A case study in how to improve page load speed
Littledata's Shopify connection is now using gtag and GTM data layer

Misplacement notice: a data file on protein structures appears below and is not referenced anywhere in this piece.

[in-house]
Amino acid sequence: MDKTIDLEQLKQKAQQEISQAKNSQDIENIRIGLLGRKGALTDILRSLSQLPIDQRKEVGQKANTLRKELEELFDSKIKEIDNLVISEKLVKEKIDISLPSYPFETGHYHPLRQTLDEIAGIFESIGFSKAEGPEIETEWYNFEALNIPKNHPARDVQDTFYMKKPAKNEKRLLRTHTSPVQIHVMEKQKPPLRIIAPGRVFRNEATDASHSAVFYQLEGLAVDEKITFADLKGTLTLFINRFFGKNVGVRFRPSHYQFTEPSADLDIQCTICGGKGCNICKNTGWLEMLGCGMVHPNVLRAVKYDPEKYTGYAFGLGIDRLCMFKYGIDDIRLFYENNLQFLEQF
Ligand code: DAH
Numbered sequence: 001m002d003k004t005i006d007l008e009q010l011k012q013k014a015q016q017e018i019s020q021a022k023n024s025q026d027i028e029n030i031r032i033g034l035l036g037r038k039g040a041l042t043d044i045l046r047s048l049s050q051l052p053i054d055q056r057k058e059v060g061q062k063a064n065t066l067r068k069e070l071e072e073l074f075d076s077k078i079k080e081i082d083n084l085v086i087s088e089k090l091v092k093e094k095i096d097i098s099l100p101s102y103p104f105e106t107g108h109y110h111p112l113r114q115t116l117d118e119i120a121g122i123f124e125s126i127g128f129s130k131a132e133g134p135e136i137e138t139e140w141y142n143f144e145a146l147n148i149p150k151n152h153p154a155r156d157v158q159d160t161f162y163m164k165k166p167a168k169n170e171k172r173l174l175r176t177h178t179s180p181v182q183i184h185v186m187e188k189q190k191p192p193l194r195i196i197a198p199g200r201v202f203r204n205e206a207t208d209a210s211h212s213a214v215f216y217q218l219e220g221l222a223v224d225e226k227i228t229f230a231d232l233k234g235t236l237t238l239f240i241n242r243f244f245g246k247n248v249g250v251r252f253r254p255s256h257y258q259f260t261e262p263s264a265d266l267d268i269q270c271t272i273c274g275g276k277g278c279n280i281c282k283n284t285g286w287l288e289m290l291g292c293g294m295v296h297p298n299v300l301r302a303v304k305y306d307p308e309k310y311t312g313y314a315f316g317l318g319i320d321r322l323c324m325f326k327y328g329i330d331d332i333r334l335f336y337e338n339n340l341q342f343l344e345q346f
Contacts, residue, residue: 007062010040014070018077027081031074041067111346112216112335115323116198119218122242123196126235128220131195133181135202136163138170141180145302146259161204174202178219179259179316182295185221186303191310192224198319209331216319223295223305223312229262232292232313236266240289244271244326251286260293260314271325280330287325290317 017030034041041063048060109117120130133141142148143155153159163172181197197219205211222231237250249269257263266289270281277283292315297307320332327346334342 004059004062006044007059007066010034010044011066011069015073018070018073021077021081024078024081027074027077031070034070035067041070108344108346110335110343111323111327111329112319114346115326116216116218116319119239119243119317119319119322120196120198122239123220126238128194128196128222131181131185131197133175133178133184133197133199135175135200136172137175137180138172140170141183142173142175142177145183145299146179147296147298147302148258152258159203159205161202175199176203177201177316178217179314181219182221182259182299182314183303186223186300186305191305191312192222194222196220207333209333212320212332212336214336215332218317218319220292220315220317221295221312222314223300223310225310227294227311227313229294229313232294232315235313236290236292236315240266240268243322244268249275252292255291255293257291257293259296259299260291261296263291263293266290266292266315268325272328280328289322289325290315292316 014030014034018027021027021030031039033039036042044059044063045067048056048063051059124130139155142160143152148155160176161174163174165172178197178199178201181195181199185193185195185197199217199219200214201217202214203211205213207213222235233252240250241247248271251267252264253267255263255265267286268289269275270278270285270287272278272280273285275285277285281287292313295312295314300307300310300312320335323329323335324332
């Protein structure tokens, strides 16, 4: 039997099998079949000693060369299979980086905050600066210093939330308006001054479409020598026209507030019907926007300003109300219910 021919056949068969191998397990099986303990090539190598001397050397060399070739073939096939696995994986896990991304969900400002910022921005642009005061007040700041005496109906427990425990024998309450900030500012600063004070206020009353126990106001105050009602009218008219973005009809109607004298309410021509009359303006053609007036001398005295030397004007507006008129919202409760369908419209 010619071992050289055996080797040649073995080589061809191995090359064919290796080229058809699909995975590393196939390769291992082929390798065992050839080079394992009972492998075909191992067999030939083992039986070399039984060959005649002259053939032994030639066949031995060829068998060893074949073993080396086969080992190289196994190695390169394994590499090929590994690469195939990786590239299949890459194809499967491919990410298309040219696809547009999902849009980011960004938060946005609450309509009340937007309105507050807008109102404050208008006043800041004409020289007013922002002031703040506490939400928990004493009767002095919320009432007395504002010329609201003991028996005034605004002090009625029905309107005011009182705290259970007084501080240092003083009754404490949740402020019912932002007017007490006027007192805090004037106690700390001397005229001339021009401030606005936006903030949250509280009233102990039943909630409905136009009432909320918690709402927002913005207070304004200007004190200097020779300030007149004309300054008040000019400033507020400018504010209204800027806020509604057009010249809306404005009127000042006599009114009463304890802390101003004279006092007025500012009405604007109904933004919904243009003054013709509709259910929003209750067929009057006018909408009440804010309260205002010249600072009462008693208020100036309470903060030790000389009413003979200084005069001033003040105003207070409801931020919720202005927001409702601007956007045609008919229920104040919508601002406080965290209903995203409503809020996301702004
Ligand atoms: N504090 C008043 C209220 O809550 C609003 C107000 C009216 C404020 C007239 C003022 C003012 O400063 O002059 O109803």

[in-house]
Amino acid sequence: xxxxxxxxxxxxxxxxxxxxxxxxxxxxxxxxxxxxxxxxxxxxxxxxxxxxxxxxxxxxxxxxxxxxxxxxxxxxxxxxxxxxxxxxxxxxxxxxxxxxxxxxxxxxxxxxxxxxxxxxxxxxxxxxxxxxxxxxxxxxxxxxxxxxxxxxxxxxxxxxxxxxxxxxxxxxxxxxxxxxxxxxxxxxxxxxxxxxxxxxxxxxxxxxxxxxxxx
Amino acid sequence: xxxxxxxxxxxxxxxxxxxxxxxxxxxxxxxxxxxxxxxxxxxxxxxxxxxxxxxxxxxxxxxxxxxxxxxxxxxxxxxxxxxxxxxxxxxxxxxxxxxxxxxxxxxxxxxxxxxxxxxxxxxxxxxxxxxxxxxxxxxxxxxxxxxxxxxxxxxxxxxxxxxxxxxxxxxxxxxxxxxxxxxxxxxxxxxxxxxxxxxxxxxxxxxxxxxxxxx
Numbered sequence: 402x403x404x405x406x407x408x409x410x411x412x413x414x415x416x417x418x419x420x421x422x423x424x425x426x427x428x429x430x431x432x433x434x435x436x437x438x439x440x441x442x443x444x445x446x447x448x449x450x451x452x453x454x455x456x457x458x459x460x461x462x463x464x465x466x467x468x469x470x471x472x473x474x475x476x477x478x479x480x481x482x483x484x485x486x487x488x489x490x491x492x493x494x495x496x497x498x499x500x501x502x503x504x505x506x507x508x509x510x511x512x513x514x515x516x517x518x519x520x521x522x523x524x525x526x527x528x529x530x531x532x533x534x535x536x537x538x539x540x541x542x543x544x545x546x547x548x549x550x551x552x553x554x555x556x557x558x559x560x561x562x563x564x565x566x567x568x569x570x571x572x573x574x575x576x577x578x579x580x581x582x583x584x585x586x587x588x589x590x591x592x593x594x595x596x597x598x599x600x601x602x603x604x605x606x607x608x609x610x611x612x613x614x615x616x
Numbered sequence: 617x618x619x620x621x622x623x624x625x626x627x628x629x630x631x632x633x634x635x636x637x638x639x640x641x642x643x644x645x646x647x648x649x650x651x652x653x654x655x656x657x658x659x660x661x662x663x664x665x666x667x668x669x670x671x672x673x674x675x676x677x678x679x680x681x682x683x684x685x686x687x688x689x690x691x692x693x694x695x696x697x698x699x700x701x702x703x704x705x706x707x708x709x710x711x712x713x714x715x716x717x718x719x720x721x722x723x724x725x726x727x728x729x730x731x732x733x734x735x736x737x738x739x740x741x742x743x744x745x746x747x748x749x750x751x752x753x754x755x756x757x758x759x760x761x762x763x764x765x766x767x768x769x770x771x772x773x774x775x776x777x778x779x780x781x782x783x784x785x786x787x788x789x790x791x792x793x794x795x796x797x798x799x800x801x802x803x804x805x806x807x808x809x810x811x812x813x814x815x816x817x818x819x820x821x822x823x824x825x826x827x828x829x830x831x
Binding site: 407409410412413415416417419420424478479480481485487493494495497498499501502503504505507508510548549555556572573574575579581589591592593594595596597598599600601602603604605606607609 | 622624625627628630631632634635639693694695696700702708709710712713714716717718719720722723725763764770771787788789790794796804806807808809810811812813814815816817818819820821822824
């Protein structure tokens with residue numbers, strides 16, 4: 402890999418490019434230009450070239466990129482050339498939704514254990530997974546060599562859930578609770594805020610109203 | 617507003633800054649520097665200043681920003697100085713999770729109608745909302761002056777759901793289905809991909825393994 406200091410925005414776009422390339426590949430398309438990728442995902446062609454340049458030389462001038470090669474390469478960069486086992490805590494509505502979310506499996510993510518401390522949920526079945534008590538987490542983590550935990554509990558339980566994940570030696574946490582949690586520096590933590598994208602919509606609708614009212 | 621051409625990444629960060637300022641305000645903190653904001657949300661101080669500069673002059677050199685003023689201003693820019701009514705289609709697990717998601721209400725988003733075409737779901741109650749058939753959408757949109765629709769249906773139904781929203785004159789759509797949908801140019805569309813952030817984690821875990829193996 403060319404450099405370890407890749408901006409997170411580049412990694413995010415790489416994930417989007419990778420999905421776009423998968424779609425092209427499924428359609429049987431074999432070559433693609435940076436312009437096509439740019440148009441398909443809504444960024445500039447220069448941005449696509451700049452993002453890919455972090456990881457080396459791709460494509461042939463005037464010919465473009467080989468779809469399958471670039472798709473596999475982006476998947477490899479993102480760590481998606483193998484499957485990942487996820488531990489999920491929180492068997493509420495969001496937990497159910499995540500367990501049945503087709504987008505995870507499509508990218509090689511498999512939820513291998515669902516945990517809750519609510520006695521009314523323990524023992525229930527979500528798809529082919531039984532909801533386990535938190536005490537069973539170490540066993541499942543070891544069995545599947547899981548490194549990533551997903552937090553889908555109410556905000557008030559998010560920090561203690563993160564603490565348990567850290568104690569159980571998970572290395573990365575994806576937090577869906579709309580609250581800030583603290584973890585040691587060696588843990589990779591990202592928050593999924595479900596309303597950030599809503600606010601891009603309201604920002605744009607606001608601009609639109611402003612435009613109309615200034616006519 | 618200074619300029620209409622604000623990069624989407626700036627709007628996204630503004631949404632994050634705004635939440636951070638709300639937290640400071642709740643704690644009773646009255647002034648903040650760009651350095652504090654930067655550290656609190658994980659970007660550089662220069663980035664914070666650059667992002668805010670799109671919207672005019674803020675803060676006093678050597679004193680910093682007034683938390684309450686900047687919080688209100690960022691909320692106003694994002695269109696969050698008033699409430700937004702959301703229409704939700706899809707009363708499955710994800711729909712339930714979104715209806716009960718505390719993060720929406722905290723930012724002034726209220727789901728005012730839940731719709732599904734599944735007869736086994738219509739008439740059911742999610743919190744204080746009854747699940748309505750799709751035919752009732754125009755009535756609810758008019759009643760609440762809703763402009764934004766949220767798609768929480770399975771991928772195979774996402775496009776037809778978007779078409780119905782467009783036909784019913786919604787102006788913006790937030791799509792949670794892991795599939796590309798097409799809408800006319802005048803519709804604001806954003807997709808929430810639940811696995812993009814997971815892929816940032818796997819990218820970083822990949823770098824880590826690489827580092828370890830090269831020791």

How to calculate customer lifetime value (CLV) for subscription ecommerce in Google Analytics